Bear with me if I speak without disguise, and say, if these things happen, it must be through the fault of the South and West.

Here are the facts:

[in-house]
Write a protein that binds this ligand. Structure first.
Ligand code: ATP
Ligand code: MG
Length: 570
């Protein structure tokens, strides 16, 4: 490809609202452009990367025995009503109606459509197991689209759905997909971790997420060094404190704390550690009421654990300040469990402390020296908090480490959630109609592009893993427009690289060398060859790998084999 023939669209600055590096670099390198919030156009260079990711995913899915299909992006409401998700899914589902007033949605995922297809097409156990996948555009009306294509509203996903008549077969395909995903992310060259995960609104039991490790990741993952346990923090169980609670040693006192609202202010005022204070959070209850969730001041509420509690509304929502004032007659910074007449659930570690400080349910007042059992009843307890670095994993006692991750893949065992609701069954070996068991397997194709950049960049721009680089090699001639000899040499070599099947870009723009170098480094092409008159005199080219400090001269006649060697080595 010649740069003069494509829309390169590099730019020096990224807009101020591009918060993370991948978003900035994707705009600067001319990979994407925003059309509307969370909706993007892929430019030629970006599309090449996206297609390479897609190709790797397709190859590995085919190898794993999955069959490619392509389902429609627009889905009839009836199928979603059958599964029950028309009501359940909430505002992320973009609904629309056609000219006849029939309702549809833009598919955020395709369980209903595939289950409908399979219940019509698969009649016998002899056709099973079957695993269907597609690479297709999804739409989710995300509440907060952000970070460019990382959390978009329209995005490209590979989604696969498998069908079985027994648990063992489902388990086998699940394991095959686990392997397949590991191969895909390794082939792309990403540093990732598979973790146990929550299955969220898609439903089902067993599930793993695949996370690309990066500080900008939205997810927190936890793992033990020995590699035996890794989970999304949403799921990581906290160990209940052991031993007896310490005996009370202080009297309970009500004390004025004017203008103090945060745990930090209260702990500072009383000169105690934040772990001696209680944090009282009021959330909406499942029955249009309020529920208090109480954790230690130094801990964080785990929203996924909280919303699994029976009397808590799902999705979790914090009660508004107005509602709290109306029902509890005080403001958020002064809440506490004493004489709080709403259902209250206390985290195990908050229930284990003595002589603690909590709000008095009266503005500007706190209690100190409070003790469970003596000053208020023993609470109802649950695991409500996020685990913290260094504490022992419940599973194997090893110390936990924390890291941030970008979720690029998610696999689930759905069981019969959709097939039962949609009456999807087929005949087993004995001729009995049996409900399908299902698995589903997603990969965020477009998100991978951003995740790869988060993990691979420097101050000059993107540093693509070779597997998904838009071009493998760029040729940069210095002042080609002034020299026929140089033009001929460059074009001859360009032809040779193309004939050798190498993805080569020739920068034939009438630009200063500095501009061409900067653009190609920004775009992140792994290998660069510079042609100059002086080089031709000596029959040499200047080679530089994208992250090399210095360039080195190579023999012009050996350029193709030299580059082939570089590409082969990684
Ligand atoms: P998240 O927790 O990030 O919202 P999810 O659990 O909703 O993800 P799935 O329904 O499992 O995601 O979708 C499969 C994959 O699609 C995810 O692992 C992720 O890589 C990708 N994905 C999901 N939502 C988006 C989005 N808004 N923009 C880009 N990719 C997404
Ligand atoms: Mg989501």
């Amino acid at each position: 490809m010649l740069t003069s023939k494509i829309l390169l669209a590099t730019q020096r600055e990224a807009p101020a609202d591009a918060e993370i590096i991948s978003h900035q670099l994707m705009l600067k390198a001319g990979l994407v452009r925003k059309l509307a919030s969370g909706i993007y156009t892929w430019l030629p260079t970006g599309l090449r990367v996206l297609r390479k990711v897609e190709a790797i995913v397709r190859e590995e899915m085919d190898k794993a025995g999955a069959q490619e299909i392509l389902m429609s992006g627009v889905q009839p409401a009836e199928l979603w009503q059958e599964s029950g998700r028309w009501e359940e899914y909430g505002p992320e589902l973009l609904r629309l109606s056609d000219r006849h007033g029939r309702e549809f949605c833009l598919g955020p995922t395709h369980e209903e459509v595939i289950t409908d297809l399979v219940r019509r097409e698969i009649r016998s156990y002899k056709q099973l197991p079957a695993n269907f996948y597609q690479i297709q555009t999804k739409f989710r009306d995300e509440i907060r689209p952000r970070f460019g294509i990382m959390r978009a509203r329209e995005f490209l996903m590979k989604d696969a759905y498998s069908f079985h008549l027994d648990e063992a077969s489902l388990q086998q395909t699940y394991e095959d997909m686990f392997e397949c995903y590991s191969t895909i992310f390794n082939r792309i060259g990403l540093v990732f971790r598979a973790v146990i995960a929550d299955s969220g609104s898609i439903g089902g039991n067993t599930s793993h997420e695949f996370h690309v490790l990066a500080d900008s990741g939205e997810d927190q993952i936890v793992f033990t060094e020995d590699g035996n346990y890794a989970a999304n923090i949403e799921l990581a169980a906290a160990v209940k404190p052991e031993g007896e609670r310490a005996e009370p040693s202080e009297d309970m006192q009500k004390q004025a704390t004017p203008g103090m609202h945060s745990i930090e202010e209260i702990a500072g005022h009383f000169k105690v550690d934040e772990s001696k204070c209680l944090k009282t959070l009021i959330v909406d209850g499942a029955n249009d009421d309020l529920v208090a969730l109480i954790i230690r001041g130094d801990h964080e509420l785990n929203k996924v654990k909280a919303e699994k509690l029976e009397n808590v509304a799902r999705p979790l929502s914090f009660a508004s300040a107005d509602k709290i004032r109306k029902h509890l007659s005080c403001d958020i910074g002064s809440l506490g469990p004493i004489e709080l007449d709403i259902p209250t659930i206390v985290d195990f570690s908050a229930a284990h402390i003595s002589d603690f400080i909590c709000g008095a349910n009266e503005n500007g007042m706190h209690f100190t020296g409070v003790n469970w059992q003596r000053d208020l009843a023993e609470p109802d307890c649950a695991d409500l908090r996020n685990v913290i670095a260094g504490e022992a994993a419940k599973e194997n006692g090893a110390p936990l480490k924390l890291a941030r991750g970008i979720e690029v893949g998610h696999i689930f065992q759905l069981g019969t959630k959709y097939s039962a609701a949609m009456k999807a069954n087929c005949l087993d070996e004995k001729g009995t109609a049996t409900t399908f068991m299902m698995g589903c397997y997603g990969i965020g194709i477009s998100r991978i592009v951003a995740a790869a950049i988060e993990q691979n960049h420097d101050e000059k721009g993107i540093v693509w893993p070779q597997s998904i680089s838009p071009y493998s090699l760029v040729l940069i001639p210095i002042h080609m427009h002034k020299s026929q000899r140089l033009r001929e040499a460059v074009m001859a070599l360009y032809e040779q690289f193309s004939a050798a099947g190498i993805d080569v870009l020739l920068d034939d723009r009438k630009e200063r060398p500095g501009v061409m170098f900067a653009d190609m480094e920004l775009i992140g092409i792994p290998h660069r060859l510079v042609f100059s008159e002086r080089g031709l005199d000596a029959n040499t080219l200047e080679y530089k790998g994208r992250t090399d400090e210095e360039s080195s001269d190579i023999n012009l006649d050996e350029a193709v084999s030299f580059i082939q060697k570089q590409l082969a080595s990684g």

It was so happened that, although every Southern President (four in number) and the only Western one (through his two terms) has received the warm support of the Northern Democracy, yet no Northern President has ever yet received the support of the South and West. Hiterto this peculiar, and onesided result, has left no sting—created not heart burnings—in the bosom of Northern Democracy, because it was the result, not of sectional bigotry, but of facts, and principles. The administrations of the two Northern Presidents were alike offensive to republicans of all quarters, and were put down by the joint voices of a united Democracy.